Despite an occasional shot in the arm from the Supreme Court, north India’s ecology has more often been at the losing end of its long-running battle with business interests with eyes on its land and water—and now, even air. Considering that, can a seemingly local uprise by nature lovers last week in the national capital region hope for the best?
On the face of it, it couldn’t get more local. A road is proposed to be built cutting through a suburban park in Gurugram on the border with Delhi. Its purpose is to ease the traffic congestion woes on the two crucial highways linking the national capital with its bustling corporate heartland in the suburbs. Environmentalists cry foul that the park and its rich flora and fauna will be ruined if a road runs through it.
That’s taking things rather simplistically.
The park, the Aravalli Biodiversity Park, in Gurugram is a forest that was restored over a mining site less than a decade ago, and is a part of the ecologically sensitive Aravalli mountain ranges. The Aravallis, of course, are the low mountain ranges running from Delhi through to Haryana and onward to eastern Rajasthan, and play a significant part in maintaining the climatic and ecological balance of northwestern India in general, and the Delhi NCR in particular. A recent study by the Centre for Environment Research and Education (CERE) estimated that as much as seven per cent of Delhi’s oxygen is generated by the green belt in the Aravallis. It plays a crucial part in rain cloud formation in the region as well as mitigating vehicular pollution.
Though many parts of its dry and ragged terrain are protected by the law from construction or other commercial activities, reality has been a bit different. From its southernmost fringes, called the ‘ridge’ within Delhi, to massive swathes through Gurugram and beyond, are all prime land, if only usable. Obviously, encroachment and acquiring patches from it through rewriting of government rule or land use plans have been a regular occurrence over the past few decades.
While the rules have been slightly more strict in Delhi, it was virtually a wild west-style gold rush as far as neighbouring Haryana was concerned—especially in Gurugram, where land prices and real estate activities have been at an all-time high in the last two decades—that may lead to disastrous consequences for the sensitive ecology of the Aravallis.
This is exactly why the move to pave a road through the ‘forest’ has touched a raw nerve. As the news broke out last week that the Gurugram Metropolitan Development Authority (GMDA) and the National Highways Authority (NHAI) were planning a multi-lane highway through the park, a not-so-minor social media storm ensued. Hashtags like ‘Save Aravalli’ and ‘Nahi to NHAI’ were soon trending. Hundreds gathered for a protest march on last Sunday at the park, while IamGurgaon, the NGO that partnered in conceptualising the park, said that their petition against the road had garnered more than 20,000 signatures so far. Chetna, another NGO, said they will approach the court against the project.
“The thought process (with government and business) seems to be that the Aravallis are a resource to be consumed, not to be celebrated or protected as an environment zone,” alleges Chetan Agarwal, an independent environment consultant.
While court crackdowns have limited mining in the area effectively, real estate development is a different story altogether. The 'Gurgaon' boom of the last two decades has begun to plateau and there is a need for fresh tracts of land to scale up. And the only space left? The Aravallis.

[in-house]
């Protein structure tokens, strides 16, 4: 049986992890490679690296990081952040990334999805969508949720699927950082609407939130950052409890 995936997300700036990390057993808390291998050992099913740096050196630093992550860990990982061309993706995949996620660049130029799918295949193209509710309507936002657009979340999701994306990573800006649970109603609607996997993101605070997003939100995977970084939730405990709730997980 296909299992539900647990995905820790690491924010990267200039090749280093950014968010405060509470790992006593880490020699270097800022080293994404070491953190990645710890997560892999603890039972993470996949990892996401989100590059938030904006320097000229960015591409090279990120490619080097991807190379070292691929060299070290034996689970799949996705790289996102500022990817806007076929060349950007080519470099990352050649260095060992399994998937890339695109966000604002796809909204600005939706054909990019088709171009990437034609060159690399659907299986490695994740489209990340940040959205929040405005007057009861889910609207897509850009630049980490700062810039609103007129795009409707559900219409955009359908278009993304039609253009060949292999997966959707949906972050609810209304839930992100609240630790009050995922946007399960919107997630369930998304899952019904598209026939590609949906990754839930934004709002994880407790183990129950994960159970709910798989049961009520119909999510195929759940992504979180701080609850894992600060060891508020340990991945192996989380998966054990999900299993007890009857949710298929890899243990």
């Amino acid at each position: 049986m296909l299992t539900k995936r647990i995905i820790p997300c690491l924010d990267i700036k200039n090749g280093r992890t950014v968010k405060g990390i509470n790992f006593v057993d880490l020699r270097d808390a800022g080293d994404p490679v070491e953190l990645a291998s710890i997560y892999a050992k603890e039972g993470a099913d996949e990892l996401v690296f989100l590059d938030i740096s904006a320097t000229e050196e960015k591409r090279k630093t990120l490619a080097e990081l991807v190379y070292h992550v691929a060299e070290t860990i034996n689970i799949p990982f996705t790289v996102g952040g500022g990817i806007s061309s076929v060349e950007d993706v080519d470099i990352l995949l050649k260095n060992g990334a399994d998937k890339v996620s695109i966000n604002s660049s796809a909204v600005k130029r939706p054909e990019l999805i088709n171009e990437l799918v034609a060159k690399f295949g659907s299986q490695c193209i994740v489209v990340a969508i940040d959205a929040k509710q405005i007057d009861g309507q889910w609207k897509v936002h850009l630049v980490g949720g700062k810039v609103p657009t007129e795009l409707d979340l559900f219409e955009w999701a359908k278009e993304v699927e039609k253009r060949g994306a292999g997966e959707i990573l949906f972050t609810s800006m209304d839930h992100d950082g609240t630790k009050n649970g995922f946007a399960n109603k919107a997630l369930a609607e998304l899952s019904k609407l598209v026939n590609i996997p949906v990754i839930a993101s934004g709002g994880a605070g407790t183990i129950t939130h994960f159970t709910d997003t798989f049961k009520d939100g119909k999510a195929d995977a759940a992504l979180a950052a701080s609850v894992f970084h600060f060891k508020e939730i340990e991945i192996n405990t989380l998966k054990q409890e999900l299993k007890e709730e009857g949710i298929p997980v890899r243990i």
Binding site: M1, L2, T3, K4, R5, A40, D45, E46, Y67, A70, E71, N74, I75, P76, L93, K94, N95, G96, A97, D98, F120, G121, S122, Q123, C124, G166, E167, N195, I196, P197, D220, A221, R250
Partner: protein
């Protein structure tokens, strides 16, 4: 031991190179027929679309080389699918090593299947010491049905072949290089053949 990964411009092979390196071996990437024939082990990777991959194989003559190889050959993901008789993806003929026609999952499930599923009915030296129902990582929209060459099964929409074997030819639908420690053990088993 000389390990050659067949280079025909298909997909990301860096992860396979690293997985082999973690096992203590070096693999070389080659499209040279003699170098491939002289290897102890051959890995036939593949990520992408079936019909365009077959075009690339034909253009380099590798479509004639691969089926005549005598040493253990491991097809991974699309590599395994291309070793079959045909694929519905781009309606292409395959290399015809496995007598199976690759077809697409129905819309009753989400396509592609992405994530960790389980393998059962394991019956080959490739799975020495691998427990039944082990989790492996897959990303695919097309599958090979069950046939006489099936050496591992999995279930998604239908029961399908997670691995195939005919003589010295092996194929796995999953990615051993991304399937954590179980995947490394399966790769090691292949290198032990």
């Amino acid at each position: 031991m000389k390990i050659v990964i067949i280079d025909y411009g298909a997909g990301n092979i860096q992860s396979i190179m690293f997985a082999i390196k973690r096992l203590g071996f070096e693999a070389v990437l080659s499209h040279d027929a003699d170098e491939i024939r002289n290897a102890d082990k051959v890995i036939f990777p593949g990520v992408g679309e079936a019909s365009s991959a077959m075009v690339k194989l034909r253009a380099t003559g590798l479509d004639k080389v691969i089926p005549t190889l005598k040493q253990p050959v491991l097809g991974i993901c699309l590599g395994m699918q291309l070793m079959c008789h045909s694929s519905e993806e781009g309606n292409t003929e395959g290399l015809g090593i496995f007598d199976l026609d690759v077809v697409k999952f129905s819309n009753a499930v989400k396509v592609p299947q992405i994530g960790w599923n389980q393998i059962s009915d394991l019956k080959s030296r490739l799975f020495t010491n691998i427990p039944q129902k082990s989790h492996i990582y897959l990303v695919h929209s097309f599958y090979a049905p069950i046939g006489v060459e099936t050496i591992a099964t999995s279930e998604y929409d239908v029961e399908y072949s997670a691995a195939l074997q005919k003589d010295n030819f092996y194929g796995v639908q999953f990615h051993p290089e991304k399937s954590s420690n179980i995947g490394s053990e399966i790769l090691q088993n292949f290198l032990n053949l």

Recently, the National Green Tribunal had criticised a Haryana plan for a road alignment which was reworked to go right through the Aravallis. Even though the government backtracked, nature lovers are concerned. “My sense is that there is a broader plan to put up roads in undeveloped areas (so that) they get accessible and then (the real estate developers) can develop them slowly,” adds Chetan.
The park spans about 382 acres in the heart of Gurugram, and is surrounded by building projects that are itching, and inching towards this remaining prime piece of estate. Is that the real purpose of the road? For, as Agarwal points out, the congestion on the highways linking Delhi and Gurugram can be easily solved by better alignments of the road, as well as earlier proposals like creating a ‘bypass’ link through Dwarka Expressway for traffic going beyond Gurugram to avoid passing through the fast-expanding city.
Protesters gathered at the park on Sunday morning, second Sunday in a row, putting up posters and asking the government to re-consider the project. Pictures of the park before it was restored by IamGurgaon from a mining site into a flora and fauna rich oasis in the middle of the concrete jungle were displayed. The online campaign is also gaining steam, while IamGurgaon representatives have sought out an appointment with Haryana Chief Minister Manohar Lal Khattar, as well as knocking on the doors of the Union ministry of environment and forests.
The massive reaction to the proposal has put the authorities on the back foot for now, with GMDA quickly clarifying that the road will be reworked to pass only through a corner of the park and will not spoil it. “But that is the best part of the park where you have better biodiversity and is a better habitat for wildlife,” argues Vijay Dhasmana, renowned naturalist who was involved with curating and overseeing the restoration of the forest. As he quips, the authorities have not backtracked, only ‘side tracked’ for the time being. It’s going to be a long road ahead.